The idea that taxes that are as broad as possible and levied at relatively low rates is counter-intuitive only if it is accepted that businesses will pocket profits rather than hire people if their taxes are cut, and the proof that such a conclusion (even now, 40 years after it first gained prominence) is wrong can be seen in the “Thatcher miracle,” the “Reagan miracle,” and everywhere else so-called supply-side economics were implemented in the 1980s, leading to employment growth, steady rises in prosperity, and budget surpluses achieved from — surprise, surprise — rising revenues off a base of taxation measures levied at lower rates as broadly as possible.
It is refreshing of late to see that Hockey is showing signs of at least putting the GST (and possible increases to it) onto the table, for consumption taxes are an efficient and straightforward way of raising significant revenues to enable the business of government to be carried out.
Based on his track record, however — and the woefully inept record of the Abbott government to date in selling anything — it is doubtful this conversation will progress very far.
Instead, great attention is being paid by the government to the favourite hobby horses of the Left — slugs to superannuation, making it harder for the self-funded to continue to pay for themselves in retirement without government handouts, and chasing multinationals to reap a windfall no Western country has, in fact, reaped to date — and this merely shows how far control of the economic debate has been surrendered by this government, and the degree of real influence the economic vandals and wreckers in the ALP and the Greens still retain over a conservative administration elected, in part, to explicitly end such madness, not perpetuate it.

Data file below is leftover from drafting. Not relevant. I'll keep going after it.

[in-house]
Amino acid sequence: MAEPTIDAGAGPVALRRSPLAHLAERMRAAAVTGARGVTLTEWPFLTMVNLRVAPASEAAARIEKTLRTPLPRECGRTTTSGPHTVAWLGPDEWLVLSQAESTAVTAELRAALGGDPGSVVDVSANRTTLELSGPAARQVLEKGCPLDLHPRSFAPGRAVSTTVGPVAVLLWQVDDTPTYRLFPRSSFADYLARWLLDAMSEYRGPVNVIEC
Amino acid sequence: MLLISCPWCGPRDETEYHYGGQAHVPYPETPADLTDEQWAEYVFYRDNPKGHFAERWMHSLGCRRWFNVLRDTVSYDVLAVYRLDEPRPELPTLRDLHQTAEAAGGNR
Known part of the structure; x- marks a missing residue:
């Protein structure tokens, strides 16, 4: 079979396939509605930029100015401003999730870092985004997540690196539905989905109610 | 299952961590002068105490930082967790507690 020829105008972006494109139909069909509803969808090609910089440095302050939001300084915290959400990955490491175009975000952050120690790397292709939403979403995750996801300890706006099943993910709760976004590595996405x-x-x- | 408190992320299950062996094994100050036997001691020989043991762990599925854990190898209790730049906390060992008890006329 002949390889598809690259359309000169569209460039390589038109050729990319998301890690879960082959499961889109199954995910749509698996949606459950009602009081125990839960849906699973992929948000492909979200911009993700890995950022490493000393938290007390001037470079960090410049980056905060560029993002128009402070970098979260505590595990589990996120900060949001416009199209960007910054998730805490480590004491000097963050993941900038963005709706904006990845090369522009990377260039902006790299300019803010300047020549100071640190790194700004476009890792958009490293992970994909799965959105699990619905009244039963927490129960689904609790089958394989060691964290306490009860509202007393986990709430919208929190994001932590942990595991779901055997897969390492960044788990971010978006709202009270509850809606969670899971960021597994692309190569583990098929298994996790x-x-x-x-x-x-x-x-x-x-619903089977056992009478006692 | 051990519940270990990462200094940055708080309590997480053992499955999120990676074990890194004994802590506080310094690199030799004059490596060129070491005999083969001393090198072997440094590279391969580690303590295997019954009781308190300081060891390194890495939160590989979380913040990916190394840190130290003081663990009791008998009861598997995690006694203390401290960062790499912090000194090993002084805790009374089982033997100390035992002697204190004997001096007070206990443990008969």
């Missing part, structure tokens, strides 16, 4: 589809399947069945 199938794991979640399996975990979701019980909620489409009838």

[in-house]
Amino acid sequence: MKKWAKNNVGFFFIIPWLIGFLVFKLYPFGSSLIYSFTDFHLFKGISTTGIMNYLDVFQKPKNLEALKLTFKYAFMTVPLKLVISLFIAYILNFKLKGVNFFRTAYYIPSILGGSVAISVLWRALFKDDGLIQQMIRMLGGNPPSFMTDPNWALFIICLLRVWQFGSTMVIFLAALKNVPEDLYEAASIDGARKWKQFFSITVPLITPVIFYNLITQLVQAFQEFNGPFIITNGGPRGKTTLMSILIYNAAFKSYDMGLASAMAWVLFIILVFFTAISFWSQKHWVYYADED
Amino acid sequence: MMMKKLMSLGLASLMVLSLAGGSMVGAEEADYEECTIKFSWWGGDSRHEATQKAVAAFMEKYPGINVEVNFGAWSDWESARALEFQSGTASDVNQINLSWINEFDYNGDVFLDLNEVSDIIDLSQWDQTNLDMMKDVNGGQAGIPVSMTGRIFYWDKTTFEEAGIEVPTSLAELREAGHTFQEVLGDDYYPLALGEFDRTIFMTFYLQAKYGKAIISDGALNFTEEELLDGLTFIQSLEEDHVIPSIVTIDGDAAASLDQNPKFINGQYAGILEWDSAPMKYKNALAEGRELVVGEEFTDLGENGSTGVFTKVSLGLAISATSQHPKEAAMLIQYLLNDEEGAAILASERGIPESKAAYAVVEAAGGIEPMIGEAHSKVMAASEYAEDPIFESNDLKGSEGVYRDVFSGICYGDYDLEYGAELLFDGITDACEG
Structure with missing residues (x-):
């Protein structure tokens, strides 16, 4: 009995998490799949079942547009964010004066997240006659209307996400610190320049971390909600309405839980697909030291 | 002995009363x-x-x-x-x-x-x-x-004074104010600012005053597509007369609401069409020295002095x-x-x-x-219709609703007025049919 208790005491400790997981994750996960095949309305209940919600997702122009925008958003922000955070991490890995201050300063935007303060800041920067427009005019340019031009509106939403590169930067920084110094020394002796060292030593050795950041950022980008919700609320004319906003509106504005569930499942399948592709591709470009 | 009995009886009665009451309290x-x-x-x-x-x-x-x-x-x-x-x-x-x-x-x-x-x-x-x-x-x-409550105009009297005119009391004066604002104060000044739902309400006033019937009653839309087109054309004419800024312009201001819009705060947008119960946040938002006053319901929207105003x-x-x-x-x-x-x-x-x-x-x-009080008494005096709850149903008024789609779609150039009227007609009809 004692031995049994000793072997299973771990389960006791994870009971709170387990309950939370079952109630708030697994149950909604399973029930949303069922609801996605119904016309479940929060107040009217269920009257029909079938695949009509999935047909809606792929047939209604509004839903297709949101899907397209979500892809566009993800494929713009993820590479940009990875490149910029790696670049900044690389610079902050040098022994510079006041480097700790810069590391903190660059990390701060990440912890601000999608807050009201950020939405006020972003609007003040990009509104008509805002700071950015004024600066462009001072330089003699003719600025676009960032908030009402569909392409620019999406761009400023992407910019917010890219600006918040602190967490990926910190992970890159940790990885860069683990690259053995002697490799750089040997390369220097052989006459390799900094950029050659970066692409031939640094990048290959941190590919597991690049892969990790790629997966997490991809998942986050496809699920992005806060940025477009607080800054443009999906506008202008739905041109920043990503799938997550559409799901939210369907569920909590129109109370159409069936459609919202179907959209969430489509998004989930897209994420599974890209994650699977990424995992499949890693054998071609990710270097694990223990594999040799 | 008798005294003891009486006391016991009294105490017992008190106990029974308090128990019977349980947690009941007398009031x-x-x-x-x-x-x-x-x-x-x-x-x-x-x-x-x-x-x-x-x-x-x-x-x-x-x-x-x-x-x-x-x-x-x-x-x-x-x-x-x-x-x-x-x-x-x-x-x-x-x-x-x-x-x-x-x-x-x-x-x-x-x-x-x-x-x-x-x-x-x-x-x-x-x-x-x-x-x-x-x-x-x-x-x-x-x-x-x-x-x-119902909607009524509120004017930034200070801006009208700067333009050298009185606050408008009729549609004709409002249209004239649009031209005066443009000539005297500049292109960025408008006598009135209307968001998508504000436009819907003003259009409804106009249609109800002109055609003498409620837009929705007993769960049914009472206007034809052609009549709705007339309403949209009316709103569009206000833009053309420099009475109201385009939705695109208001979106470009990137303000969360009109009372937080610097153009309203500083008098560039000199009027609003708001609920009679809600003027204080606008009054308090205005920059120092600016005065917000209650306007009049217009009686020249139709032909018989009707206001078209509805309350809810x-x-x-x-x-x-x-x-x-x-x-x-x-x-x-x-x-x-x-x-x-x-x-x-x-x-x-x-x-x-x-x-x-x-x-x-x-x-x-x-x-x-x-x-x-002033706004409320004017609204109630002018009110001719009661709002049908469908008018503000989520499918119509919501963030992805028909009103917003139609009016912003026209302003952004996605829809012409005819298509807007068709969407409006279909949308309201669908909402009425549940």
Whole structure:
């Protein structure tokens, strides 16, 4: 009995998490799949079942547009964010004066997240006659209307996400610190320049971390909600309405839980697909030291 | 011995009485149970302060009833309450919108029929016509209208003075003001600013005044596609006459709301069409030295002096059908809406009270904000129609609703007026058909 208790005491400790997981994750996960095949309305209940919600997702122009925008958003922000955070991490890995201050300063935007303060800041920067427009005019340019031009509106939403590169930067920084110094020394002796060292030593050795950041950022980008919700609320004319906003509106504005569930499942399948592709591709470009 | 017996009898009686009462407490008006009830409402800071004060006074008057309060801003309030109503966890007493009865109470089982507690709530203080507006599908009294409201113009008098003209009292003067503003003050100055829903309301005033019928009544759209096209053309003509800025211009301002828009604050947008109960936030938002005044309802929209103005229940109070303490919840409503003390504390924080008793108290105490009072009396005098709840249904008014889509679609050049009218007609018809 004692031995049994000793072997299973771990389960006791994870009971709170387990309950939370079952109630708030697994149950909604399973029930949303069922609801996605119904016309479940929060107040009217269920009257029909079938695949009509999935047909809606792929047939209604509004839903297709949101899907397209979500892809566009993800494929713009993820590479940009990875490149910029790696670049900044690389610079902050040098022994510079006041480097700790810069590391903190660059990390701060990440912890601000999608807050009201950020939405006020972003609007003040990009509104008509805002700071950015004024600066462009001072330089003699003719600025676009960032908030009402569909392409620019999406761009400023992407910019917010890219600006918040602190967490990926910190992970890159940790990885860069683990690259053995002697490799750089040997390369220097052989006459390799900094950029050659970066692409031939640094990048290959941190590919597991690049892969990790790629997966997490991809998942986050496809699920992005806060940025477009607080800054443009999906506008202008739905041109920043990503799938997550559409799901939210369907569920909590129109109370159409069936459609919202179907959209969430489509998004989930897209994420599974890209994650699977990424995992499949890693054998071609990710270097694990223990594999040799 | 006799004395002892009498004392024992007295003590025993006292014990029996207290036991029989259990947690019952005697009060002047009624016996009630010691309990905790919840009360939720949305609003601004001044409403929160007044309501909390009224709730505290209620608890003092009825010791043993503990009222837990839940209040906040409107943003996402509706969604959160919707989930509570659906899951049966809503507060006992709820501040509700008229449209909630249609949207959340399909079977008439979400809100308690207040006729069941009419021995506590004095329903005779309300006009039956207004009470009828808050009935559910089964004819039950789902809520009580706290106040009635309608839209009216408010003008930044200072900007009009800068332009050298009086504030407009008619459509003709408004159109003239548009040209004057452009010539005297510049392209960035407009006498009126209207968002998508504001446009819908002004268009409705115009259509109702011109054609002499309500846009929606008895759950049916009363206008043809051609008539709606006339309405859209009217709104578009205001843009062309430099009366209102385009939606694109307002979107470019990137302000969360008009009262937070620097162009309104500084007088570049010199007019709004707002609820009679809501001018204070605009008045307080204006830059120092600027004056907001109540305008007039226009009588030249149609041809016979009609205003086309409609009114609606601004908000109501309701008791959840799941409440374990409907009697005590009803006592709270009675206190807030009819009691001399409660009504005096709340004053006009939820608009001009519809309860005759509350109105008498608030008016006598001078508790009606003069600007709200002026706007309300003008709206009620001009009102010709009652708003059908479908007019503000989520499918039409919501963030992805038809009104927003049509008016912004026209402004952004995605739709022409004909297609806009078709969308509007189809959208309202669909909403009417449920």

Remember, too, that both Labor and the Greens are pledged to the reintroduction of carbon and mining taxes as soon s they are restored to office.
Even extending the current GST at its present rate to cover everything except healthcare spending (remembering that at present it applies to just 48% of all goods and services in Australia) would be enough to fund offsetting increases to pensions (thus insulating the less well off from its effects) and to enact modest cuts in income and company taxes, and without the complicated fancies being bandied about for new and inefficient taxes.
Doubling the GST, to 20%, would enable benefits for the needy to by increases further, alongside a program of slashing other taxes rather than raising them.